Just What Was The Purpose Of The Mystery Mini Shuttle? | Loungtastic

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Just What Was The Purpose Of The Mystery Mini Shuttle? | Loungtastic

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Just What Was All The Fuss About?

The U.S. Air Force's X-37B space plane is just eight days away from setting a record on its current clandestine mission.

If the robotic vehicle stays aloft until March 25, it will break the X-37B mission-duration mark of 674 days, which was established back in October 2014.

It's unclear whether that will actually happen, however; the Air Force is tight-lipped about most X-37B payloads and activities, including touchdown plans. [The X-37B's Fourth Mystery Mission in Photos]

"The landing date will be determined based on the completion of the program's on-orbit demonstrations and objectives for this mission," Capt. AnnMarie Annicelli, an Air Force spokeswoman, told Space.com via email when asked when the current mission might end.

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The U.S. Air Force's robotic X-37B space plane, known as the Orbital Test Vehicle, is shown here in a 2009 photo at Vandenberg Air Force Base in California. An X-37B spacecraft is currently flying the fourth classified mission for the U.S. Air Force.
Credit: U.S. Air Force

The uncrewed X-37B (also known as the Orbital Test Vehicle, or OTV) looks a lot like NASA's now-retired space shuttle, only much smaller. The X-37B is just 29 feet (8.8 meters) long and 9.6 feet (2.9 m) tall, with a wingspan of about 15 feet (4.6 m). Two of the vehicles could fit inside a space shuttle's payload bay.

The Air Force is known to have two X-37Bs, both of which were built by Boeing. These twin craft have flown four missions to date. OTV-1 launched on April 22, 2010, and landed on Dec. 3 of that year, spending 224 days in orbit. OTV-2 started on March 5, 2011, and wrapped up on June 16, 2012, after 468 days in space. OTV-3 launched on Dec. 11, 2012, and landed on Oct. 17, 2014, after circling the Earth for more than 674 days.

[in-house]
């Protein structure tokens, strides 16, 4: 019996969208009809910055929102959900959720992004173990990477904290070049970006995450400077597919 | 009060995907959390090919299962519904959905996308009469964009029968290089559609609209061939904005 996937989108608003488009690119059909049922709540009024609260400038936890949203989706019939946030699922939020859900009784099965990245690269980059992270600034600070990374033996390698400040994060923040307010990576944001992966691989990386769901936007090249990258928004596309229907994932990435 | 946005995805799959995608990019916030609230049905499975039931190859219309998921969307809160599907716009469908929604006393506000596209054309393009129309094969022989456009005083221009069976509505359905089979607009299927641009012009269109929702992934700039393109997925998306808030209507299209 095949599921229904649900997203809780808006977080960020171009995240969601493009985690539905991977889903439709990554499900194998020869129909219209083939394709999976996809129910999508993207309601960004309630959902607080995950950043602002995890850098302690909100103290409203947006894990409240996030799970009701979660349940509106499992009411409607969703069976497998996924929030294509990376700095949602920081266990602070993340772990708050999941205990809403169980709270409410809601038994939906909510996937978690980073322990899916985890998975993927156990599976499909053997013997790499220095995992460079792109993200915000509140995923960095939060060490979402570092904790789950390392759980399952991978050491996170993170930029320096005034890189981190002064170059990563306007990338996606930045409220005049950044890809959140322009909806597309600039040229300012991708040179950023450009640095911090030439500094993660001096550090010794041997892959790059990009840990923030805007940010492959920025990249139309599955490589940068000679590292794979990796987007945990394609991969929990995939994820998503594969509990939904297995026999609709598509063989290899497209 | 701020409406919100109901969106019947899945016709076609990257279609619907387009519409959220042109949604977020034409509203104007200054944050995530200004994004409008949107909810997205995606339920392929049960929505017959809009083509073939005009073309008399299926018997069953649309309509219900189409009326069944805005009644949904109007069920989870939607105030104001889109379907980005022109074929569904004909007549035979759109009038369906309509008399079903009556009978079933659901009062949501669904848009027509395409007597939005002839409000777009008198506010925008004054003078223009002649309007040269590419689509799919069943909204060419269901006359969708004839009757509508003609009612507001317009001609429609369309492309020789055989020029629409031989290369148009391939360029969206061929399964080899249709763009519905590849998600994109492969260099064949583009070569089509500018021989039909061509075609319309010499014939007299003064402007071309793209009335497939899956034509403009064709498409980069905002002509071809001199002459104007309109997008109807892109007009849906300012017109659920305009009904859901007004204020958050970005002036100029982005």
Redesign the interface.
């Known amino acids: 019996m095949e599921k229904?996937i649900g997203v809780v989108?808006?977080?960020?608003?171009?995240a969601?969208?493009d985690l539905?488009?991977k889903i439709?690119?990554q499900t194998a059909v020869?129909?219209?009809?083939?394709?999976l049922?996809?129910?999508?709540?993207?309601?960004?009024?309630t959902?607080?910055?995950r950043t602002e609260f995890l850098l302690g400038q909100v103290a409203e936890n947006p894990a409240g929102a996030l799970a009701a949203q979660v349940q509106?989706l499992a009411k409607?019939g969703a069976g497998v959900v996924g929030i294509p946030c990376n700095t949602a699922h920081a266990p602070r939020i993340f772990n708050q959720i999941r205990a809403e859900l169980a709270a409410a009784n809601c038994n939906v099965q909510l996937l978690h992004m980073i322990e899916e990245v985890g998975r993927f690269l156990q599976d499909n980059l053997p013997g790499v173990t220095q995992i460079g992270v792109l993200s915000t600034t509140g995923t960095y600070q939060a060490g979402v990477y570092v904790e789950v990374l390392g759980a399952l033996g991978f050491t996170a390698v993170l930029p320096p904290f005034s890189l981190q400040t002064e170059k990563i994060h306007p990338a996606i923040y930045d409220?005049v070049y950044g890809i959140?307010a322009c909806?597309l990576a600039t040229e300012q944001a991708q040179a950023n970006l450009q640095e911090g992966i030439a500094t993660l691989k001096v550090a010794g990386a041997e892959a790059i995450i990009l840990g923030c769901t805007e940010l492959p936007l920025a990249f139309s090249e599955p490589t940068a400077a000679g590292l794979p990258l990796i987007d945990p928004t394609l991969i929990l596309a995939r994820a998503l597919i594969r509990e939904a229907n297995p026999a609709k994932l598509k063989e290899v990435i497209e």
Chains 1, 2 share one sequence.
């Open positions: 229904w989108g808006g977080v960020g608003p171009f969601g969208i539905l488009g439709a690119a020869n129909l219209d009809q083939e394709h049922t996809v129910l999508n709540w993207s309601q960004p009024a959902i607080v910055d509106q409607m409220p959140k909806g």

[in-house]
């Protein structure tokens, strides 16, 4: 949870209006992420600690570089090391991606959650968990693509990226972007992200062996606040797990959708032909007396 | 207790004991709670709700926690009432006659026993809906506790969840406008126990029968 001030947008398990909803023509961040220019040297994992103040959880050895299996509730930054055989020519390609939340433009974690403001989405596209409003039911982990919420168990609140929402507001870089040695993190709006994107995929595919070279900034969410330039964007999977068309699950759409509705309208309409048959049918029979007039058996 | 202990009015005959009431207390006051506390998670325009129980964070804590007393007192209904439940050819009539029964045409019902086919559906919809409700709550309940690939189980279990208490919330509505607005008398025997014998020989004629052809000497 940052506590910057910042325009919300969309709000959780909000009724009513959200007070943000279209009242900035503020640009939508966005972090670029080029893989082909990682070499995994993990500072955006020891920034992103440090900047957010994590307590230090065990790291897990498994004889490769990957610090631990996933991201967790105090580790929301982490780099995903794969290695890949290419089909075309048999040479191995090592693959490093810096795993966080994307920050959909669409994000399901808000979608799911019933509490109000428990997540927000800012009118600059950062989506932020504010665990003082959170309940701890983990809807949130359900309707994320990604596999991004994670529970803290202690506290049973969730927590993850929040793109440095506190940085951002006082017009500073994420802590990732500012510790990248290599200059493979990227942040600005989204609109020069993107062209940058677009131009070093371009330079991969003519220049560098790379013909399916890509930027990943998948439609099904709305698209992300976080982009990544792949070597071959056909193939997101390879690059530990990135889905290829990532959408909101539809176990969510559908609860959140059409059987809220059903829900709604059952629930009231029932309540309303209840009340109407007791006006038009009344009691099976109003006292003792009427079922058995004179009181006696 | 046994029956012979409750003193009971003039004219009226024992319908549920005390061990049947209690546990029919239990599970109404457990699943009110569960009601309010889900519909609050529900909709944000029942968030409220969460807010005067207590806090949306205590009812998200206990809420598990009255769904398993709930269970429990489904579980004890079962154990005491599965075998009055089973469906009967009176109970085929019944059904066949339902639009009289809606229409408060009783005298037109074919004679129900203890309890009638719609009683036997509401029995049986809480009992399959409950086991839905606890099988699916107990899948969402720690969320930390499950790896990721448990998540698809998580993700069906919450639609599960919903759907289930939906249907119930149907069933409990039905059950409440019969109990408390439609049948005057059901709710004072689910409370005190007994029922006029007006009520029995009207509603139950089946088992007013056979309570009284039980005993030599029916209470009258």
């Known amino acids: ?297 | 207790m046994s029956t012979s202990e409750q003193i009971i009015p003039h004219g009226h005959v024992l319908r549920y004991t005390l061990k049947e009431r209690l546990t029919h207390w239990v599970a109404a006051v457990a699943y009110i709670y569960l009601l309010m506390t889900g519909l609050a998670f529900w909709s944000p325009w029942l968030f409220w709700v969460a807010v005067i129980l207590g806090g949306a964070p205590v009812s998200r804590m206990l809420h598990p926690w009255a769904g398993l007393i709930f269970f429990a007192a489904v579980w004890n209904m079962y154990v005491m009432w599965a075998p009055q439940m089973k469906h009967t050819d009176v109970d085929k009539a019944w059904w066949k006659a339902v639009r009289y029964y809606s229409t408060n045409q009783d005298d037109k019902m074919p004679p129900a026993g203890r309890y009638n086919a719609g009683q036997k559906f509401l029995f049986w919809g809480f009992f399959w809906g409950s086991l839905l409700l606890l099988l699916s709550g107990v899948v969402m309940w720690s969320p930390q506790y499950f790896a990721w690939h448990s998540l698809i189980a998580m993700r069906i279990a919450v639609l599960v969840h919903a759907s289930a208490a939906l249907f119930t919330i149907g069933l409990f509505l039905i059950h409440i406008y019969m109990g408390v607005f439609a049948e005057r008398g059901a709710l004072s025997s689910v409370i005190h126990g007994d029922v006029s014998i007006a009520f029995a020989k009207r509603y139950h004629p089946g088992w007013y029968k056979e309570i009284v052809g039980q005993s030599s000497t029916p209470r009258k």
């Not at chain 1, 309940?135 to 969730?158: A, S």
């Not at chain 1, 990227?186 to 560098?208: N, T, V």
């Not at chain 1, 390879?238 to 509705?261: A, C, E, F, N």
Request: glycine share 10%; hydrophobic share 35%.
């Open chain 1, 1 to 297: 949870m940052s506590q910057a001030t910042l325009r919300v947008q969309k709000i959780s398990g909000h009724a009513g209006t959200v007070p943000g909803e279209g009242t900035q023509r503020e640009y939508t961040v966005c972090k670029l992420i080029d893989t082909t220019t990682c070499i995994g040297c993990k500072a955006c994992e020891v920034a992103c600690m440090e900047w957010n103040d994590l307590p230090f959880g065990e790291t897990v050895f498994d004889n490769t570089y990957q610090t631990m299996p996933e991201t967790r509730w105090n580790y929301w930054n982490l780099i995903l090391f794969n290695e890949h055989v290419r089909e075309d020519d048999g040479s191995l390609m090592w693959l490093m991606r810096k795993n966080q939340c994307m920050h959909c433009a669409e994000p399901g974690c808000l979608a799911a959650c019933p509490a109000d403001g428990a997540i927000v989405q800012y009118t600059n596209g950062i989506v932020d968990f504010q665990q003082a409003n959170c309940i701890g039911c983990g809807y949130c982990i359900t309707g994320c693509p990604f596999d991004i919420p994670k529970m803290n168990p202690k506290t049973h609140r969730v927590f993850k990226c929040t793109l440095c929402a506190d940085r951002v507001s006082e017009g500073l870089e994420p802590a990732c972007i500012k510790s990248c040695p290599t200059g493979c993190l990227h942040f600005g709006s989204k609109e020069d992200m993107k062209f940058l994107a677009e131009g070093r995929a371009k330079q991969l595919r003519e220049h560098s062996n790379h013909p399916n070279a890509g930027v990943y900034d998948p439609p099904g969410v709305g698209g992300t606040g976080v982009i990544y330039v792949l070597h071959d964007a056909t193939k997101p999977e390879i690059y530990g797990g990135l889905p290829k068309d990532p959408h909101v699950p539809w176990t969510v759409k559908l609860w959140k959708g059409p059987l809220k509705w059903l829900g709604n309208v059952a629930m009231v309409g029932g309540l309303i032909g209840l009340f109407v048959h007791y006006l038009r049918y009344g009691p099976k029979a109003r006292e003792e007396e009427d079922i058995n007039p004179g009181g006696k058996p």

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Amazing!

Another Russian Fighter Intercepted A US Navy Aircraft

A Russian Su-27 fighter jet has intercepted a US Navy EP-3E Aries plane over the Black Sea near Russian airspace and escorted it away in a safe manner, the Russian Defence Ministry said.

Meanwhile, the US Navy announced that a US reconnaissance aircraft was intercepted earlier on Monday by a Russian fighter jet while flying in international airspace over the Black Sea, Xinhua news agency reported.

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Here we go...

The US reconnaissance aircraft was spotted approaching Russia’s airspace and was immediately identified by the Su-27 fighter jet “at a safe distance,” Russian news agencies reported, citing a defence ministry statement.

After reporting back to the communications intelligence unit, the fighter jet escorted it away from the Russian airspace “in compliance with all security and safety requirements,” it said.

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According to the Russian Defence Ministry, the fighter jet returned to its home base after the US plane altered its flight course away from Russian airspace.

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The US Navy, in a statement, called the interaction as “determined to be unsafe”, saying the Russian SU-27 conducted “a high speed pass directly in front of the mission aircraft, putting at risk the pilots and crew”.

Also on Monday, a Pentagon spokesperson said that the Russian jet came “very, very close” to the US EP-3 aircraft, adding that it made an additional pass after activating its afterburners to create more turbulence.

There was no communication between the two planes and the encounter lasted about 25 minutes, Spokesperson Eric Pahon told reporters at the Pentagon.

The Pentagon said that the EP-3 was conducting routine operations while the encounter happened, not provoking the Russian activity.

VIDEO: Russian fighter jet intercepts US Navy plane over Black Sea...

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